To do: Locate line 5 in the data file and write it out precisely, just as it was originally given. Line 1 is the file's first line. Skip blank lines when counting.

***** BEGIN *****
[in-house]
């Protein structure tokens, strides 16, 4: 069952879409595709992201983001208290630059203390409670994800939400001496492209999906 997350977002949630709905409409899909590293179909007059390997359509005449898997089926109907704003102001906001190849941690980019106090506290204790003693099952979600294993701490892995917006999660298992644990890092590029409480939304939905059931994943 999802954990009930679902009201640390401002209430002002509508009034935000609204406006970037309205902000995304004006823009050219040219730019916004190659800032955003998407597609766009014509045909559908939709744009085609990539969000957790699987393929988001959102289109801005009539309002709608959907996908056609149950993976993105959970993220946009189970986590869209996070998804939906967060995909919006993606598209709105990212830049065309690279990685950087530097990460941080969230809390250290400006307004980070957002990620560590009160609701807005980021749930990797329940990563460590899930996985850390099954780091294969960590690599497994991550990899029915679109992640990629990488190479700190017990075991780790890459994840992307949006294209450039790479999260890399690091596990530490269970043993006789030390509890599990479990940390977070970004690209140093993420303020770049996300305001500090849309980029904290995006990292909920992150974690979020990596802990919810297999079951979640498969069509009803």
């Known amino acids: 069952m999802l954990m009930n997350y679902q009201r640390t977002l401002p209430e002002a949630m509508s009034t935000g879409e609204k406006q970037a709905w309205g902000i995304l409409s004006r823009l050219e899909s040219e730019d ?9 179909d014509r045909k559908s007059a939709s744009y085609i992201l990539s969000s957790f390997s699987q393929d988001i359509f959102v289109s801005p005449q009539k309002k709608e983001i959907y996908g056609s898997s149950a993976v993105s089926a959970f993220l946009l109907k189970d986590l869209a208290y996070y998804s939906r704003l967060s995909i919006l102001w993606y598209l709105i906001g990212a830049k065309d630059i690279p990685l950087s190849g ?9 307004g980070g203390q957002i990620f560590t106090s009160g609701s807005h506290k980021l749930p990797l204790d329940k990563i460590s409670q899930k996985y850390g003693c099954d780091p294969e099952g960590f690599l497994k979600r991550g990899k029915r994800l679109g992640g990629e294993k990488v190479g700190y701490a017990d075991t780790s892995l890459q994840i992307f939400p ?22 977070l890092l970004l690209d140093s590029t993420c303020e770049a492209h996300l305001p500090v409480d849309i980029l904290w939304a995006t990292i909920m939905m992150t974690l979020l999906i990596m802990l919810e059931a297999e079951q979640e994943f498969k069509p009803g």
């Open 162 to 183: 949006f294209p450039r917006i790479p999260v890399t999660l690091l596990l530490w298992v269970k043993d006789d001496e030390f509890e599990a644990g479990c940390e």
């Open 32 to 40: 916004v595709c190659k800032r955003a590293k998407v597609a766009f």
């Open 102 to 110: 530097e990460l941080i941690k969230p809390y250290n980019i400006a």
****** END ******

């Open 32 to 40: 916004v595709c190659k800032r955003a590293k998407v597609a766009f």